[tlhIngan Hol] why we shouldn't do transcriptions

Hugh Son puqloD Hugh at qeylIS.net
Thu Feb 27 12:19:08 PST 2020

> On Feb 27, 2020, at 13:30, mayqel qunen'oS <mihkoun at gmail.com> wrote:
> Transliterate for me the word "saducees", and then tell me that there's a way for *anyone* reading the transliteration to understand.
> And I will repeat what I asked earlier in this thread, but *noone* replied:
> If one reads the word "saducees" and doesn't understand he can look it up. But where can he look up its' transliteration ?

It’s a proper noun, i.e., a name that identifies a particular person, place, animal, thing, group, etc. It doesn’t matter what particular form it takes as long as it takes a consistent form. I didn’t know what “saducees” was out of context and had to look it up (it seems that a more common spelling is Sadducees”), as you say, but the “out of context” part is very important here. You don’t need to understand what a name means. You only need to recognize that it refers to someone or something specific, and the same someone or something specific throughout the text whenever it appears.

Within the context of the text, it would be clear that “Sadducees”, or whatever they end up being called, are a group of people. Within that same text, we would know about who they are based on how they are described and how they behave. Even “Sadducees” is a transliteration from the Greek Σαδδουκαιος which in turn is a transliteration from the Hebrew צדוקים. Would you read an English bible where every time a proper name appeared it was in a different script?

Yes, transliterating a name makes it harder to find more information about whoever or whatever that name belongs to beyond the context of wherever that name appears. If somebody transliterates a name like “Sadducees” for a Klingon translation of the Bible into something like {SaDyuSIS} if they’re working with the English version of the name, {SaDDuqayoS} if they’re working with the Greek version of the name, or {SaDDuqIm} if they’re working with the Hebrew version of the name, then they won’t be able to find text outside of that Klingon Bible translation where people talk about them in Klingon because hardly anybody talks about the Bible in Klingon compared to the number of people who talk about it in English, Greek, or Hebrew. But for the purposes of comprehension *within the text itself*, it doesn’t matter what they’re called as long as they’re called the same thing every time they are mentioned.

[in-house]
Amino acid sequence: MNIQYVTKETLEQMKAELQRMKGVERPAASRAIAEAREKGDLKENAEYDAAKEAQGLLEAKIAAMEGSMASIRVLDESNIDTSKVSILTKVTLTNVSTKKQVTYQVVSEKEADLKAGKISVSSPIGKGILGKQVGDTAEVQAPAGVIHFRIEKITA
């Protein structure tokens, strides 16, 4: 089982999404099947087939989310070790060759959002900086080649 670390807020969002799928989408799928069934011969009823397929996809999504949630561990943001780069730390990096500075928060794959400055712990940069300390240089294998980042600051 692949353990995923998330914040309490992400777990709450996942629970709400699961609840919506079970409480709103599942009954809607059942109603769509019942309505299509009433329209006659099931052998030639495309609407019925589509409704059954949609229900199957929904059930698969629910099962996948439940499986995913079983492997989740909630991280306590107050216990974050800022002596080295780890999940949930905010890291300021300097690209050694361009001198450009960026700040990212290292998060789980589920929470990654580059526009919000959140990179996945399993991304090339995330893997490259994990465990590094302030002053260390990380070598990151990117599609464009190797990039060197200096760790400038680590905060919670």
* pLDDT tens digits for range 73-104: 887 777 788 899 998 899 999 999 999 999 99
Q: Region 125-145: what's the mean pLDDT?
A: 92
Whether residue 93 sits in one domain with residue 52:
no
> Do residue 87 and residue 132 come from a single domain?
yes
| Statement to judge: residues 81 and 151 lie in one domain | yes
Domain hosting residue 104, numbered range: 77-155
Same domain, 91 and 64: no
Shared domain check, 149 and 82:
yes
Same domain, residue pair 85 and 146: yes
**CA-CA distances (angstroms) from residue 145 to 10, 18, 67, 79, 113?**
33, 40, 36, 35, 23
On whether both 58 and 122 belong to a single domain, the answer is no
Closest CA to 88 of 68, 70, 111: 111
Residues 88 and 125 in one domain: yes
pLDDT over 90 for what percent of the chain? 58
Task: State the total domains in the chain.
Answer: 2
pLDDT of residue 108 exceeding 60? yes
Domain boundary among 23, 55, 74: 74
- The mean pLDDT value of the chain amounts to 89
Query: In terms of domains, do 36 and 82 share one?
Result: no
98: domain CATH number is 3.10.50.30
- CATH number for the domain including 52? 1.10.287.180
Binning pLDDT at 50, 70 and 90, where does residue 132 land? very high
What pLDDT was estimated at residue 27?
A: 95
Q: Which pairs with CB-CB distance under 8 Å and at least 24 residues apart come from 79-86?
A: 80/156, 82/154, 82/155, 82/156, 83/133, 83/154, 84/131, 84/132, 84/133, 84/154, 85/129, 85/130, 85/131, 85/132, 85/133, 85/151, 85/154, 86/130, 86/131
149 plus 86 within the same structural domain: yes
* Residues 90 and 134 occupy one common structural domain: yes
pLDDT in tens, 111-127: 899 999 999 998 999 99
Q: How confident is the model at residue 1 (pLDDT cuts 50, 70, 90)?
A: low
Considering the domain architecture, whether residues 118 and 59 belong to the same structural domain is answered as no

Yes, for a beginner it would probably be difficult to recognize that it’s a name, and some time would likely be wasted in figuring that out, but for anybody with a reasonable grasp of grammar and vocabulary, everything surrounding the name and the oddness of the word in general should make it quite obvious what it is. The usefulness of being able to look up the word “Sadducees” only exists because there’s already a lot of existing discussion regarding that name in English. If somebody were translating a very new or more obscure text where a proper name occurs, and nobody on the internet has discussed a particular name from that text, searching for that name would be just as unhelpful regardless of whether or not it was translated.

If I read the Bible in Spanish, find a proper name I’m not familiar with (for this example let’s use María, even though everybody would know this name), should I be upset that when I try to look up this name I don’t get any information from people discussing the English Bible?
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